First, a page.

>	being sued.
	>	Funny this, but had I had a site based on an OS that
	>was breached, and caused me a huge loss, I would sue the vendor.
	>doesn't have to be secure, it MUST fit the purpose the software was
	>intended.  The problem like costs is that software is not a
tangible object.
	>One can not necessarily state it didn't meet the requirements of
the person
	>who bought the software.  However, how many vendors offer a refund
	>users find that the software they bought crashes constantly, or
	>gapping holes in their security?  None.  There should be a role
reversal, ok
	>let the law deal with hackers, at let the corporation sue the

	Have you read a MS license agreement recently, specifically the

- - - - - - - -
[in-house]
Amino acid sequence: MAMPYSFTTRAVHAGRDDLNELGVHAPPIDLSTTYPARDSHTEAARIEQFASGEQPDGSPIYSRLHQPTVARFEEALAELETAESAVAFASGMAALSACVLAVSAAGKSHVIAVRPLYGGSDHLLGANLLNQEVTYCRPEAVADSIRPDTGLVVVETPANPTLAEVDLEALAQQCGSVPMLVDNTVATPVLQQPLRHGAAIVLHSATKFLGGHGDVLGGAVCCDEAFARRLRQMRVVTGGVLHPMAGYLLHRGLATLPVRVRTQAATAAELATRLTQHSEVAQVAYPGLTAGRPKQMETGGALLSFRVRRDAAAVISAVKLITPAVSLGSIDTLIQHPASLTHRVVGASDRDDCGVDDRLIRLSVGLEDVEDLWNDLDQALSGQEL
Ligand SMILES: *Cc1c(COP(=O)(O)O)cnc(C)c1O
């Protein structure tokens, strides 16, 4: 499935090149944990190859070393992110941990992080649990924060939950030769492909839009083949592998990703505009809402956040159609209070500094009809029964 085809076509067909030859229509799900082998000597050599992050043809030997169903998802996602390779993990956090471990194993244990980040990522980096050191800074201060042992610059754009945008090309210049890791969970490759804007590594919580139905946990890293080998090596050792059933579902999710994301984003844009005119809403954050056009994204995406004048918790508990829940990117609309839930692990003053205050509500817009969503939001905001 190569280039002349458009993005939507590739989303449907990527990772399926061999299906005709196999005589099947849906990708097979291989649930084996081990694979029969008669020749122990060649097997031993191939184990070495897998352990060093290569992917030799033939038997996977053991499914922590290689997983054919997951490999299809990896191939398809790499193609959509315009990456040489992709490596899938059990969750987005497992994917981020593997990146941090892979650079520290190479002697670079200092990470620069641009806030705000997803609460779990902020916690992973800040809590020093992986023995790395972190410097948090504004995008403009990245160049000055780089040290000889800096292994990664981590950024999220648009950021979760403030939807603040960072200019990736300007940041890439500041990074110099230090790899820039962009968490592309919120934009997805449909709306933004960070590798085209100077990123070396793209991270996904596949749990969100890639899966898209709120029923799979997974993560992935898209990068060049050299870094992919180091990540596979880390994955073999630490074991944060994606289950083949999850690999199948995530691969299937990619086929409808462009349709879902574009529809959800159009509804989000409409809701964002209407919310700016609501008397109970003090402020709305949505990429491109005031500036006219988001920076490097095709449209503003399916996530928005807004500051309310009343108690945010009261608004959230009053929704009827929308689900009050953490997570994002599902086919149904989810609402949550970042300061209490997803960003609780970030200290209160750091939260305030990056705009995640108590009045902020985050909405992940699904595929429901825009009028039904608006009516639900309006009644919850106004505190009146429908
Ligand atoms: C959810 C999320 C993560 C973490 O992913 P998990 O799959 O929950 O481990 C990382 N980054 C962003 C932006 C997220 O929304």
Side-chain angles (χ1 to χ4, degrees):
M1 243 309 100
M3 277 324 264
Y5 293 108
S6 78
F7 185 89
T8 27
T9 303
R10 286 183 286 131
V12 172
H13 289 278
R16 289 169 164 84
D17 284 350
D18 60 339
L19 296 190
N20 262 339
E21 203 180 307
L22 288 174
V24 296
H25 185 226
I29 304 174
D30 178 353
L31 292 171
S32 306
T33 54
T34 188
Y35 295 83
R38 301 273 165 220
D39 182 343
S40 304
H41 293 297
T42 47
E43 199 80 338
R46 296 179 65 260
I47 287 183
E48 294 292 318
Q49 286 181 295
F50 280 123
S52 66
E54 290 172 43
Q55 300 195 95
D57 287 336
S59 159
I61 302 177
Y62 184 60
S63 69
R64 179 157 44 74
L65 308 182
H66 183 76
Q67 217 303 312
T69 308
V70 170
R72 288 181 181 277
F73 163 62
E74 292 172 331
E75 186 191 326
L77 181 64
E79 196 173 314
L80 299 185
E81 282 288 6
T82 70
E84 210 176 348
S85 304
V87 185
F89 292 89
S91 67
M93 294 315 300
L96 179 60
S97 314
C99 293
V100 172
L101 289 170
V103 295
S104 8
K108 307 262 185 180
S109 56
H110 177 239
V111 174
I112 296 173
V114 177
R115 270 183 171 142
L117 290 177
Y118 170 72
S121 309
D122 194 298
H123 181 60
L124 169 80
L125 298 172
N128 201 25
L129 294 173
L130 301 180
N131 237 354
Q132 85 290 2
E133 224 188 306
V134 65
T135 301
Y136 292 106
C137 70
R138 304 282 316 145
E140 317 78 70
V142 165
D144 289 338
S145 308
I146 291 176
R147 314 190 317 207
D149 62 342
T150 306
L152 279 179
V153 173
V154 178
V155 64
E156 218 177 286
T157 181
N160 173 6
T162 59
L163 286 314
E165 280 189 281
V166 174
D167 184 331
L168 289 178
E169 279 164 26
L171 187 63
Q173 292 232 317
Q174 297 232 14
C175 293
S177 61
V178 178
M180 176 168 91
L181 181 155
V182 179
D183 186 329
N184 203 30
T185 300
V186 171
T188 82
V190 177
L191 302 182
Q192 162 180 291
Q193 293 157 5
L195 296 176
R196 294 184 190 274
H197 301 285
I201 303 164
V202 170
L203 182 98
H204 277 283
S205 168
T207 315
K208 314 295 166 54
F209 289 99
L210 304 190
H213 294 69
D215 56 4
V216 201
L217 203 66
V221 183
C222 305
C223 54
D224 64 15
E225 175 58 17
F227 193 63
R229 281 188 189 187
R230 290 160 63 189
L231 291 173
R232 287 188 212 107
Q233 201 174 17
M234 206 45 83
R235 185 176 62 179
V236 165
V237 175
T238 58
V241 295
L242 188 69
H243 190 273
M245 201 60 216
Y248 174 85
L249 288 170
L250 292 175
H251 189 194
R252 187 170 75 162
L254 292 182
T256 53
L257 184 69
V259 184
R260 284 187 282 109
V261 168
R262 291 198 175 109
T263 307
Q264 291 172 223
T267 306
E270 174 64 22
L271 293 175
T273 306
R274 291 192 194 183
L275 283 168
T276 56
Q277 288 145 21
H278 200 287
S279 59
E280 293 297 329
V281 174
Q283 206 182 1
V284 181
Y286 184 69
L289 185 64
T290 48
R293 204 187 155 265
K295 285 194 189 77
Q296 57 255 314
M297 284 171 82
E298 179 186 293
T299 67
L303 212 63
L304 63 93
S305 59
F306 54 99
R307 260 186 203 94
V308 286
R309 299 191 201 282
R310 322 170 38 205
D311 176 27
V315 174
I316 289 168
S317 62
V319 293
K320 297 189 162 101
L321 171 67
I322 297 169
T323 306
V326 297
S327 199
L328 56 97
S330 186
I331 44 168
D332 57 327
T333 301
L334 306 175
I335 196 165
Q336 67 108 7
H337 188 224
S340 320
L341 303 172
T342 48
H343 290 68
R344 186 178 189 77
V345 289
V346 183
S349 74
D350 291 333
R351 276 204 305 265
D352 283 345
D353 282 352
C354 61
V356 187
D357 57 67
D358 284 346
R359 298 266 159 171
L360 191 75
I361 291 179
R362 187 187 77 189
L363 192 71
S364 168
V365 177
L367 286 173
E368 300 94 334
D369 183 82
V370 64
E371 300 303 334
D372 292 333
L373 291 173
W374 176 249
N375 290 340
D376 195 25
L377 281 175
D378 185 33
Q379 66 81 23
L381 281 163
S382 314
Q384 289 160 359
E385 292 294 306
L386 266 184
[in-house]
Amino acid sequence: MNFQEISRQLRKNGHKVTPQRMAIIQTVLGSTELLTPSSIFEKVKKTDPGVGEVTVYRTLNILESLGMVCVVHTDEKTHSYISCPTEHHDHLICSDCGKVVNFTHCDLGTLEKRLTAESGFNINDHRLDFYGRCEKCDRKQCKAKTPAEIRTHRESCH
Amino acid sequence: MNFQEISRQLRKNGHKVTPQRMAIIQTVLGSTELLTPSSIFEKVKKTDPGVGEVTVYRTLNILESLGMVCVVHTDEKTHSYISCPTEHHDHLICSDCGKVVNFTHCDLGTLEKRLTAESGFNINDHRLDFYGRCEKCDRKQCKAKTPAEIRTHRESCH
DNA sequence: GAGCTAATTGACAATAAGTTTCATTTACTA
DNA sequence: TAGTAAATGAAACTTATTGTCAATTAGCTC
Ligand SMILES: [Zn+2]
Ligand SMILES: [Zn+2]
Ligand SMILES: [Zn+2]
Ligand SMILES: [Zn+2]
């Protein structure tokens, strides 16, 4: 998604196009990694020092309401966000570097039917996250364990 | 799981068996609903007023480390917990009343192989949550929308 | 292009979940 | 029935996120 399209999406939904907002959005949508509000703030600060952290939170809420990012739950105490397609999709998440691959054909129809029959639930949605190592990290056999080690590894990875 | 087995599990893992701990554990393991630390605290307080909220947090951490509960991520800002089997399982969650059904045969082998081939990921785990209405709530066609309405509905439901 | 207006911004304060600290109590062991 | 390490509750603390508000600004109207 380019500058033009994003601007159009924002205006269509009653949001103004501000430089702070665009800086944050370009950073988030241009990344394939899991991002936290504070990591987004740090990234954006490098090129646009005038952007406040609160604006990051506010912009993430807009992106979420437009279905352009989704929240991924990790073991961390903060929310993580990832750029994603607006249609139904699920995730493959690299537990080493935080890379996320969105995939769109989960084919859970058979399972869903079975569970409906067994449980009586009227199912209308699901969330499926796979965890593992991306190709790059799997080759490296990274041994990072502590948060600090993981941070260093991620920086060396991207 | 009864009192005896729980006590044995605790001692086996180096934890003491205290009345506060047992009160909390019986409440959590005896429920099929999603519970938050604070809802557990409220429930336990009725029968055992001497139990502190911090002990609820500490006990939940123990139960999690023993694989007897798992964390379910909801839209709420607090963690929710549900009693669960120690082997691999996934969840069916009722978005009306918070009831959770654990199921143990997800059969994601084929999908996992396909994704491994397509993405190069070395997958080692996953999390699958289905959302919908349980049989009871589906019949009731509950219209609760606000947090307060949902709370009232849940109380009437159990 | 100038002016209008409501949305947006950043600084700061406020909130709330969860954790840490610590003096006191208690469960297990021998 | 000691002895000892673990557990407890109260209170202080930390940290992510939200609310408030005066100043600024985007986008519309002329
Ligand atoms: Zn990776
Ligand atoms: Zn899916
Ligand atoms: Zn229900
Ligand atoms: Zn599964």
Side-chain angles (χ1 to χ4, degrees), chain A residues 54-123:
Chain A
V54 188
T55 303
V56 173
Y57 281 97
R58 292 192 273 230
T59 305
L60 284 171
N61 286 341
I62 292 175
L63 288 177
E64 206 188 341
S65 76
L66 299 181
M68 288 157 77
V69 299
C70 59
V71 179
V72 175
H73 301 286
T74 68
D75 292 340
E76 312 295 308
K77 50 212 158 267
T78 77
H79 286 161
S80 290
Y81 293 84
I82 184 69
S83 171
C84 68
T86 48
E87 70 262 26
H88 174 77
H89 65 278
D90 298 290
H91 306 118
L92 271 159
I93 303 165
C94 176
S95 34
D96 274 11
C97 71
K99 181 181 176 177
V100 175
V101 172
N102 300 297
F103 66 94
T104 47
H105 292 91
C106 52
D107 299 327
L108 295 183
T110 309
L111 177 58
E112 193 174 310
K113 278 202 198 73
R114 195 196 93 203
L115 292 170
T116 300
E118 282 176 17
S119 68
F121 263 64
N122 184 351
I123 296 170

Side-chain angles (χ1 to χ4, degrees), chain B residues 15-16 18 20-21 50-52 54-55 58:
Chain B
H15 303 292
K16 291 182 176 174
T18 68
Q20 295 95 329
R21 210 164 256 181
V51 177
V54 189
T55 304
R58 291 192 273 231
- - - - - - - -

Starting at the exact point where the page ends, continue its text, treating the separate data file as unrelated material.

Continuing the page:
'fitness of
	use' clause?

	>	>	Mitnick's biggest problem is he pawed through
people's stuff
	>	>out
	>	>	permission, a very negative PR event.  
	>	>
	>	>	Actually do you really know what he did?  The stuff
	>	>have written about him is all lies, and anyway, the
information he
	>had was
	>	>available on the internet!  The question is what
information is in
	>	>public domain and what isn't?  And why?  And how did
private info
	>get in to
	>	>the public?  Mitnick received data from BBS that were
	>	>released...like credit card numbers...
	>	Yes and pawed through Telco dumpsters and switches.
	>	Which at the time is not illegal.  The file in question
	>the CC numbers was public available on the Net.  And as I believe
the law
	>states that having this is not illegal using it is.  Owning